|Discovery:||first mentioned, 1872 Barnwell, E. L.|
|History:||Macalister/1945, 353, records that the stone was first published by E. L. Barnwell in 1872, and that it was `lying in a field between the church and the road which passes it, and just outside the boundary of the church'.|
|Dimensions:||0.76 x 0.61 x 0.2 (converted from Macalister/1945)|
Macalister/1945, 353: `lying in a field between the churchyard and the road which passes it, and just outside the boundary of the churchyard'.
Nash-Williams/1950, 190: `In field to NE of church'.
Macalister/1945, 353: `A block of stone...An oval hollow on the uppper surface gives it an appearance resembling the seat of a wooden chair'.
Nash-Williams/1950, 190: `Rough stone block'.
|Condition:||incomplete , some|
|Folklore:||Macalister/1945, 354: `the stone is locally called ``the chair of St. Canna'' (the patron saint of the parish).|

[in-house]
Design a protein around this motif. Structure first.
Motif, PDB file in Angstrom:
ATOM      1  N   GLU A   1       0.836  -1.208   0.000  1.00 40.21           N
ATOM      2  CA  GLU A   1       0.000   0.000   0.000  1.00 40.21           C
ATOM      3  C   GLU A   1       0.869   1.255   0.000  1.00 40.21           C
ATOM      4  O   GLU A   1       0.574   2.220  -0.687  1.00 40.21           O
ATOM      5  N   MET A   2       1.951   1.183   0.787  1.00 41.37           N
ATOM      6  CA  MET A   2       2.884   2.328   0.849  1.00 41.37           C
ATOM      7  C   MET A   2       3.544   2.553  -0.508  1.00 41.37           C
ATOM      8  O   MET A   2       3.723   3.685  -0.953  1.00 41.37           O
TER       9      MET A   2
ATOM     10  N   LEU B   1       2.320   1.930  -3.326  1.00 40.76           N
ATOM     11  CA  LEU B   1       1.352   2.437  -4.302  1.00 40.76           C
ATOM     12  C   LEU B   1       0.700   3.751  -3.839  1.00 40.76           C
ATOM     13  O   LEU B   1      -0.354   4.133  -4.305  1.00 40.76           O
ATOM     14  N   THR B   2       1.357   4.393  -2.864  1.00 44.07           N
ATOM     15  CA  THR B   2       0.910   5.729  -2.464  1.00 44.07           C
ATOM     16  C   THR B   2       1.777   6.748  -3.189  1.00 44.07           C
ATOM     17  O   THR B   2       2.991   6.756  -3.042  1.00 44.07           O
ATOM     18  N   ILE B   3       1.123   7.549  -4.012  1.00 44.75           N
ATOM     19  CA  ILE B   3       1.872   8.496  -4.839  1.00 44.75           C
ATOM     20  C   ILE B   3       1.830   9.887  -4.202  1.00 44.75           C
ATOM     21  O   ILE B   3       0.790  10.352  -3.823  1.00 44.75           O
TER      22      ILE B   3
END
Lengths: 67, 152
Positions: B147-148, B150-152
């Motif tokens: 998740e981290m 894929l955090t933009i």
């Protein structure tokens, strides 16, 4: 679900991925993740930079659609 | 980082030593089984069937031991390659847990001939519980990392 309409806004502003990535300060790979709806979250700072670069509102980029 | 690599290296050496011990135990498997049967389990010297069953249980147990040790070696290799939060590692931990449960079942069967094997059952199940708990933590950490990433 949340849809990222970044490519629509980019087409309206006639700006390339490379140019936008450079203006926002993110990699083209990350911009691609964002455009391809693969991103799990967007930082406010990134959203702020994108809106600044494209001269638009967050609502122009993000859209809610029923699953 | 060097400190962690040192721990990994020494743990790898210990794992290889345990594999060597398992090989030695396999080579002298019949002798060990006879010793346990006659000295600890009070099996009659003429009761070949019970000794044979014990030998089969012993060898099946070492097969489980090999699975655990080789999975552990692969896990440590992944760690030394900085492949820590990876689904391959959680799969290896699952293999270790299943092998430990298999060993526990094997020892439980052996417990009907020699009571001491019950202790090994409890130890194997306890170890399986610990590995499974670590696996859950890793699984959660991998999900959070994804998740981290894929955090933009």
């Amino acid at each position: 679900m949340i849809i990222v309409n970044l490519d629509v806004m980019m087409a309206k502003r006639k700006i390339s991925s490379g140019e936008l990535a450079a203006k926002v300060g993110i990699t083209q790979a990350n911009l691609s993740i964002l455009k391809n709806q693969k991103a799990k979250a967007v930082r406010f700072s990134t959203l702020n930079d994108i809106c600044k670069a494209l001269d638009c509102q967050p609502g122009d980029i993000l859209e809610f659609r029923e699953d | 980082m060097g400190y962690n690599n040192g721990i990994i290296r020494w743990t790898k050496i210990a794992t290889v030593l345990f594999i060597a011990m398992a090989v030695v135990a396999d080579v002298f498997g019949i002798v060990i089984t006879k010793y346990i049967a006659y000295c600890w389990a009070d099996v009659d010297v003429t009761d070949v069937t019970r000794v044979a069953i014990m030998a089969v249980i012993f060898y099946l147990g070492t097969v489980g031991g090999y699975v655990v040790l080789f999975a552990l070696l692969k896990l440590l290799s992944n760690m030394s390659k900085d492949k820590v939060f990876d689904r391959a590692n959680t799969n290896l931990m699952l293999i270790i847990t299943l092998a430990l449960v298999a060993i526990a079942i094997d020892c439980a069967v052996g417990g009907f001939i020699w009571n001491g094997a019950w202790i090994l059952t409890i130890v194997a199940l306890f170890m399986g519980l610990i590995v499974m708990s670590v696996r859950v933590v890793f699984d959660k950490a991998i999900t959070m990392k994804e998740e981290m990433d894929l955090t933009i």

|Decorations:||no other decoration|
|Macalister, R.A.S. (1945):||CANV|
Macalister/1945 354--355 reading only
|Nash-Williams, V.E. (1950):||CANV|
Nash-Williams/1950 190 reading only
|Position:||n/a ; other ; n/a ; undecorated|
Macalister/1945, 354: `As though to confirm the traditional name, the letters...are cut on the margin of the back of the seat-hollow'.
Nash-Williams/1950, 190: `Inscription (Fig. 208) in one line reading horizontally (?)'.
|Date:|| - (Nash-Williams/1950)|
Nash-Williams/1950, 190: `? early christian'.
|Palaeography:||Macalister/1945, 354: `there is no reason to throw doubt on its authenticity'.|
Nash-Williams/1950, 190: `Roman capitals, with Y-shaped v.'
Macalister/1945, 354: `The letters are much worn, and the inscription is enigmatical'.